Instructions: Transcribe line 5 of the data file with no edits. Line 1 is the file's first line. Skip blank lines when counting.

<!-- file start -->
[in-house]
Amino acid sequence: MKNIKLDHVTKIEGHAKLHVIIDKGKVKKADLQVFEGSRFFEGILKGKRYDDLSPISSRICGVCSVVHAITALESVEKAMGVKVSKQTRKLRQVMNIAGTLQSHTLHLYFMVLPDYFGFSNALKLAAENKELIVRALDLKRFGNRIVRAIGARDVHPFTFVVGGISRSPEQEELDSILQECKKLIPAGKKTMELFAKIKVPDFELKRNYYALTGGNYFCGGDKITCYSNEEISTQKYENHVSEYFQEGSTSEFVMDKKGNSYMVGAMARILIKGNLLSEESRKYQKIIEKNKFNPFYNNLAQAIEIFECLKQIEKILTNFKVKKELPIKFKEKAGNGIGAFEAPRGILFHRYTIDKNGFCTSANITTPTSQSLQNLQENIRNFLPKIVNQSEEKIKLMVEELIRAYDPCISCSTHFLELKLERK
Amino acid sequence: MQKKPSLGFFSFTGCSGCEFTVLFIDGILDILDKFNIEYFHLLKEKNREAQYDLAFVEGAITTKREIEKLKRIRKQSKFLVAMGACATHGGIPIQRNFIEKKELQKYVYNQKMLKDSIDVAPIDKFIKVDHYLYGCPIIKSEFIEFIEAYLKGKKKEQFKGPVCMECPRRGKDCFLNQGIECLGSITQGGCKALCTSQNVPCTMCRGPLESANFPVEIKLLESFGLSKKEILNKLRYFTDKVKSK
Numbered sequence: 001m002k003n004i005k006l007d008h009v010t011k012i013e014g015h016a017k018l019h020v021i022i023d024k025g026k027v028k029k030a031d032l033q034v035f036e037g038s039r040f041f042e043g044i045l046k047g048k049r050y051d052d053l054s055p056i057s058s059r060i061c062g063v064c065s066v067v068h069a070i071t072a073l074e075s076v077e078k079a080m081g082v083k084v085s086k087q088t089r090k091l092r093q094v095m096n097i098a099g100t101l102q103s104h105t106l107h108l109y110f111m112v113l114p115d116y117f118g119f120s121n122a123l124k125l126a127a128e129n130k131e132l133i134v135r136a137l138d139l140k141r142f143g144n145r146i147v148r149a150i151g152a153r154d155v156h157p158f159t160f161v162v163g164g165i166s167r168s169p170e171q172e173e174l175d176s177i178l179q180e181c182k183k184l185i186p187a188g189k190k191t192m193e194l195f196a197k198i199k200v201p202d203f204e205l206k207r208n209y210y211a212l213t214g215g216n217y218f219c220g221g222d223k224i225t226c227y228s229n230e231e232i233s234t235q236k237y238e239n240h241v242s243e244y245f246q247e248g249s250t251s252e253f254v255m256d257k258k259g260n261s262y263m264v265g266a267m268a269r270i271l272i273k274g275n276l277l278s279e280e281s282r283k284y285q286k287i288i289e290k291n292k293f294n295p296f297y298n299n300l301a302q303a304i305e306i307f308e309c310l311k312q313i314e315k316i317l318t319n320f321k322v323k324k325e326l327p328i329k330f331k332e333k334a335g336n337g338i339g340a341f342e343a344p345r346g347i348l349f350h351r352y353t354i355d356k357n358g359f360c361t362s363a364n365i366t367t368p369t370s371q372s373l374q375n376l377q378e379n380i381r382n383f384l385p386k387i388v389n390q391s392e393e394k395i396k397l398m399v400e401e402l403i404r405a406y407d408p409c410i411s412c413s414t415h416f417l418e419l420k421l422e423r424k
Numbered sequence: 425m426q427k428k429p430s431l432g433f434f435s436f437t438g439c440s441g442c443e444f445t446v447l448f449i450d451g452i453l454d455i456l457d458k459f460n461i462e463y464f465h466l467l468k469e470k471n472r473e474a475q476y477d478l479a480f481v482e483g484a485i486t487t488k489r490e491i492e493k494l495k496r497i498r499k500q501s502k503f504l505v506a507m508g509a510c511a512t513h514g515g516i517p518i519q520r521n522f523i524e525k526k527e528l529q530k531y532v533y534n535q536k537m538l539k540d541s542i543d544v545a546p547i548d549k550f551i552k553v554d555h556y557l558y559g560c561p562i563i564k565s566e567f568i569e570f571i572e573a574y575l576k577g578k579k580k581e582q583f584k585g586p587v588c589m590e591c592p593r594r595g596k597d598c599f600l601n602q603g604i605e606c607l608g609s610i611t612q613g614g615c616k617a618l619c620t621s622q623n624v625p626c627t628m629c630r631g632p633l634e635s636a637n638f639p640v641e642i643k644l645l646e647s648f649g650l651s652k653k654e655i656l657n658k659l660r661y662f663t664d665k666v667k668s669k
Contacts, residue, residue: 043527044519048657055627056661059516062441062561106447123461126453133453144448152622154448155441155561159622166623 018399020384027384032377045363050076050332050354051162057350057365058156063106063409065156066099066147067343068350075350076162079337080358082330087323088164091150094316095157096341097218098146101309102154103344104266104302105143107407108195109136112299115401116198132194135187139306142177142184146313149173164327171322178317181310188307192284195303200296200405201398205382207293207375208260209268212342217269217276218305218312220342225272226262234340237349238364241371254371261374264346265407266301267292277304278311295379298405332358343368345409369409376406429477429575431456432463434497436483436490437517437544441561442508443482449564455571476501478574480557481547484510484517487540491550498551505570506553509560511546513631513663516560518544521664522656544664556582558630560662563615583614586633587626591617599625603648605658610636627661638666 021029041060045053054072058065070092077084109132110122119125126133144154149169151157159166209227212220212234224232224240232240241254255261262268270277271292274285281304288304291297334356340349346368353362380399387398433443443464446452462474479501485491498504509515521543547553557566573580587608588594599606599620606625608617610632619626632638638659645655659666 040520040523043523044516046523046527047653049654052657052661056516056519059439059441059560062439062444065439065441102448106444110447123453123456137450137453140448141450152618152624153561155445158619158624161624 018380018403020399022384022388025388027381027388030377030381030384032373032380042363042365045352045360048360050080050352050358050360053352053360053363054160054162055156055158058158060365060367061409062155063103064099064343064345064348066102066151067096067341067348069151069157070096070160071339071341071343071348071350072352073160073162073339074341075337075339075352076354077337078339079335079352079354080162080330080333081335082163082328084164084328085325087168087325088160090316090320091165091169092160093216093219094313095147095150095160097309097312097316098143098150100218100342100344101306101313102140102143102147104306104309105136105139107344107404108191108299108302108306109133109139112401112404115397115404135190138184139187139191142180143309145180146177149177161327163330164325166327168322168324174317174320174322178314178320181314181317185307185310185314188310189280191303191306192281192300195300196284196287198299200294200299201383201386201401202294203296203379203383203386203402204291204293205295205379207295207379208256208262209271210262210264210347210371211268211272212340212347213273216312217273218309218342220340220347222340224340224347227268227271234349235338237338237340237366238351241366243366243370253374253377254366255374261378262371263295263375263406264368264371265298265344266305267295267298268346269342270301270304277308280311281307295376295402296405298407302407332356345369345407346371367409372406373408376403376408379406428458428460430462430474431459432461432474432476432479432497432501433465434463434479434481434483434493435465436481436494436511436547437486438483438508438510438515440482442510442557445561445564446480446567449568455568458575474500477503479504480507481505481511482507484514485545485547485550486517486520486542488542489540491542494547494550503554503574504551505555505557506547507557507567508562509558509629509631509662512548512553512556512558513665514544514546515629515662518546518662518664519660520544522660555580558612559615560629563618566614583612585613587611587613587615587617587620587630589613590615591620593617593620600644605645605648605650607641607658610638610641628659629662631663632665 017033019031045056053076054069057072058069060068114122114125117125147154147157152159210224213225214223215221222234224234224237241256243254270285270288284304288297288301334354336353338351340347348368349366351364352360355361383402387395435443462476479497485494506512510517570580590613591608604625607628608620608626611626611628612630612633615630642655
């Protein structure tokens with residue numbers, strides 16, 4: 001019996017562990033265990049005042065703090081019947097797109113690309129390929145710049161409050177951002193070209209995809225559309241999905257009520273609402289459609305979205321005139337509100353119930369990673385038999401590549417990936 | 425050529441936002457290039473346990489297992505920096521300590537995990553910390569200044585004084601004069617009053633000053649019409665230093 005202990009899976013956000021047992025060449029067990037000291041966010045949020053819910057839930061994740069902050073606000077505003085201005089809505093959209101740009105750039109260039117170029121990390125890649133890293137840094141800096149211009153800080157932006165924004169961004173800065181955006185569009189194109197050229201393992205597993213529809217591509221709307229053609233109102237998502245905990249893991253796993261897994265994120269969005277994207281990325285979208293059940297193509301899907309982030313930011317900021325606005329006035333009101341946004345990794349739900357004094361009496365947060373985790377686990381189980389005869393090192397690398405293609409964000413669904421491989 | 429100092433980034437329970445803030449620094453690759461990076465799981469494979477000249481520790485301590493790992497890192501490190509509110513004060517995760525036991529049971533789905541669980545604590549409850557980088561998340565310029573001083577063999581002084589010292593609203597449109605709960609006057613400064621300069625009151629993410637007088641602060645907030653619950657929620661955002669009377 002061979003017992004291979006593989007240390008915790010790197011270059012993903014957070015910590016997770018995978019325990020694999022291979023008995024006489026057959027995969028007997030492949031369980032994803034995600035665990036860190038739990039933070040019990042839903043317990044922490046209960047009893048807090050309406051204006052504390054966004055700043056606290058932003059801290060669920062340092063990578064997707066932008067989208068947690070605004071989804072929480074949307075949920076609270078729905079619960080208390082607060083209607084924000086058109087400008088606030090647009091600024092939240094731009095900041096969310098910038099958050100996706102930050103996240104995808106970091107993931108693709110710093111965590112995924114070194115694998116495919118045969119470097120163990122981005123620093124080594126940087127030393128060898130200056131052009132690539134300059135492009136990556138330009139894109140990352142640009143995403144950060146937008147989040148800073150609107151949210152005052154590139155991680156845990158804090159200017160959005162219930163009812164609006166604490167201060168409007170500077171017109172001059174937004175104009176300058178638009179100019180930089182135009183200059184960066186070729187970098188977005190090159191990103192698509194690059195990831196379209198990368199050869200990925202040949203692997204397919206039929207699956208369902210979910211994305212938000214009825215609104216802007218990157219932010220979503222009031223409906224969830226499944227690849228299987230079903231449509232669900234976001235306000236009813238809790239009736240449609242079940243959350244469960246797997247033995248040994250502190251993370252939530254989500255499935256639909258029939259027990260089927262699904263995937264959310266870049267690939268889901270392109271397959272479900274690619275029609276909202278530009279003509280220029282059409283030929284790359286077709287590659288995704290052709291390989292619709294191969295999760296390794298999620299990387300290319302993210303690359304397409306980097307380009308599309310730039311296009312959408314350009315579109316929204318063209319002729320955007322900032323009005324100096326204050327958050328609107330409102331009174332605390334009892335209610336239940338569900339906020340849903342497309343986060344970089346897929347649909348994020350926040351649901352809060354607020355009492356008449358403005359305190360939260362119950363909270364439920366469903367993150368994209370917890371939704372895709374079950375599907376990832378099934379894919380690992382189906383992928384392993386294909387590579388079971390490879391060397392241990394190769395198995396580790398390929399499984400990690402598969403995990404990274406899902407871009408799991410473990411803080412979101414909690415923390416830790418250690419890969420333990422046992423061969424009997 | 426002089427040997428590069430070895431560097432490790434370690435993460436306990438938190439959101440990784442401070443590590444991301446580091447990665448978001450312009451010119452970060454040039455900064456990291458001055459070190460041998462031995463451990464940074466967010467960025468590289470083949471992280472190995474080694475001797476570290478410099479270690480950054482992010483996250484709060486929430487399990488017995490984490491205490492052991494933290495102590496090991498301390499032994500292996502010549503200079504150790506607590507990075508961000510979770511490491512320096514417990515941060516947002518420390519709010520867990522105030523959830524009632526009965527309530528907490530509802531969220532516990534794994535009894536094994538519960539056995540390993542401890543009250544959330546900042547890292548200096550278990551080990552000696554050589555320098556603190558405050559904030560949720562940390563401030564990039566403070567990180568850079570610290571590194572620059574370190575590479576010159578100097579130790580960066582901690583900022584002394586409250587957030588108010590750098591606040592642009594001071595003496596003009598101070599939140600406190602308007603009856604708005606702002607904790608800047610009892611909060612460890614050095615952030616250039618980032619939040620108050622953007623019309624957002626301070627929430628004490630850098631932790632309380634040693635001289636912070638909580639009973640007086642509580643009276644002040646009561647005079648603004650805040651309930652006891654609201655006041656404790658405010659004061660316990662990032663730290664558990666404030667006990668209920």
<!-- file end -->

Numbered sequence: 425m426q427k428k429p430s431l432g433f434f435s436f437t438g439c440s441g442c443e444f445t446v447l448f449i450d451g452i453l454d455i456l457d458k459f460n461i462e463y464f465h466l467l468k469e470k471n472r473e474a475q476y477d478l479a480f481v482e483g484a485i486t487t488k489r490e491i492e493k494l495k496r497i498r499k500q501s502k503f504l505v506a507m508g509a510c511a512t513h514g515g516i517p518i519q520r521n522f523i524e525k526k527e528l529q530k531y532v533y534n535q536k537m538l539k540d541s542i543d544v545a546p547i548d549k550f551i552k553v554d555h556y557l558y559g560c561p562i563i564k565s566e567f568i569e570f571i572e573a574y575l576k577g578k579k580k581e582q583f584k585g586p587v588c589m590e591c592p593r594r595g596k597d598c599f600l601n602q603g604i605e606c607l608g609s610i611t612q613g614g615c616k617a618l619c620t621s622q623n624v625p626c627t628m629c630r631g632p633l634e635s636a637n638f639p640v641e642i643k644l645l646e647s648f649g650l651s652k653k654e655i656l657n658k659l660r661y662f663t664d665k666v667k668s669k